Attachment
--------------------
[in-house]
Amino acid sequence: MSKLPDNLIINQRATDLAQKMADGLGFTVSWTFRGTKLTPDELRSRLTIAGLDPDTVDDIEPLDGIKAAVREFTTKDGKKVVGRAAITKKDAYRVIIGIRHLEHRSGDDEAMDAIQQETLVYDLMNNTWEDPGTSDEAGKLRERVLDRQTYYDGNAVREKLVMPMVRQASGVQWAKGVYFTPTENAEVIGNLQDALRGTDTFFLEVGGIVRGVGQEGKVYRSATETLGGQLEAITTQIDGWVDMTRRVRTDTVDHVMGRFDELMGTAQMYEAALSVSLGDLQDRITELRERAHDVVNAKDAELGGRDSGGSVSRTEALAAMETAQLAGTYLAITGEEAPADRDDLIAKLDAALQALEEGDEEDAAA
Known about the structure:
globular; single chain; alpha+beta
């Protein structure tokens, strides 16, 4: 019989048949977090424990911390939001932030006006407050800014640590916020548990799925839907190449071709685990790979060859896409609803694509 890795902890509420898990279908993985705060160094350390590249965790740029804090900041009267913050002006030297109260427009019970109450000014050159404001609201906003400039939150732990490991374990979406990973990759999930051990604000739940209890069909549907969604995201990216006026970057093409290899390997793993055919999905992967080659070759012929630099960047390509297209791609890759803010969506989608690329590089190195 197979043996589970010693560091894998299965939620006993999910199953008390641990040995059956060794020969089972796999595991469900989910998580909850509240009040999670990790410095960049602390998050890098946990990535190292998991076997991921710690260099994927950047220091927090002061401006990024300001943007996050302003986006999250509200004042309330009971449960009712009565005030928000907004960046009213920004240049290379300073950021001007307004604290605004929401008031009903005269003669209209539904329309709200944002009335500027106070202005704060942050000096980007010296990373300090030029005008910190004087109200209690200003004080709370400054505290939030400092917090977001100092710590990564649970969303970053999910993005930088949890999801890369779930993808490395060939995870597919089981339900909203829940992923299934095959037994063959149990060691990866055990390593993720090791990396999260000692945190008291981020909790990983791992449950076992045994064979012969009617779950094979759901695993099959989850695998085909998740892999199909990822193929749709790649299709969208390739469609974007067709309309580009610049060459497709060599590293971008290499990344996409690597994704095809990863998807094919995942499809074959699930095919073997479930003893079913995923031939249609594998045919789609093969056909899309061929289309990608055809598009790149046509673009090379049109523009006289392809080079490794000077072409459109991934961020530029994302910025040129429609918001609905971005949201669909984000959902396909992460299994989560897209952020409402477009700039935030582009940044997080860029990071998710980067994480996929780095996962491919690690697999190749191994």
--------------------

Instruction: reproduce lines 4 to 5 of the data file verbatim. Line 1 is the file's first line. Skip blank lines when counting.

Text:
globular; single chain; alpha+beta
């Protein structure tokens, strides 16, 4: 019989048949977090424990911390939001932030006006407050800014640590916020548990799925839907190449071709685990790979060859896409609803694509 890795902890509420898990279908993985705060160094350390590249965790740029804090900041009267913050002006030297109260427009019970109450000014050159404001609201906003400039939150732990490991374990979406990973990759999930051990604000739940209890069909549907969604995201990216006026970057093409290899390997793993055919999905992967080659070759012929630099960047390509297209791609890759803010969506989608690329590089190195 197979043996589970010693560091894998299965939620006993999910199953008390641990040995059956060794020969089972796999595991469900989910998580909850509240009040999670990790410095960049602390998050890098946990990535190292998991076997991921710690260099994927950047220091927090002061401006990024300001943007996050302003986006999250509200004042309330009971449960009712009565005030928000907004960046009213920004240049290379300073950021001007307004604290605004929401008031009903005269003669209209539904329309709200944002009335500027106070202005704060942050000096980007010296990373300090030029005008910190004087109200209690200003004080709370400054505290939030400092917090977001100092710590990564649970969303970053999910993005930088949890999801890369779930993808490395060939995870597919089981339900909203829940992923299934095959037994063959149990060691990866055990390593993720090791990396999260000692945190008291981020909790990983791992449950076992045994064979012969009617779950094979759901695993099959989850695998085909998740892999199909990822193929749709790649299709969208390739469609974007067709309309580009610049060459497709060599590293971008290499990344996409690597994704095809990863998807094919995942499809074959699930095919073997479930003893079913995923031939249609594998045919789609093969056909899309061929289309990608055809598009790149046509673009090379049109523009006289392809080079490794000077072409459109991934961020530029994302910025040129429609918001609905971005949201669909984000959902396909992460299994989560897209952020409402477009700039935030582009940044997080860029990071998710980067994480996929780095996962491919690690697999190749191994």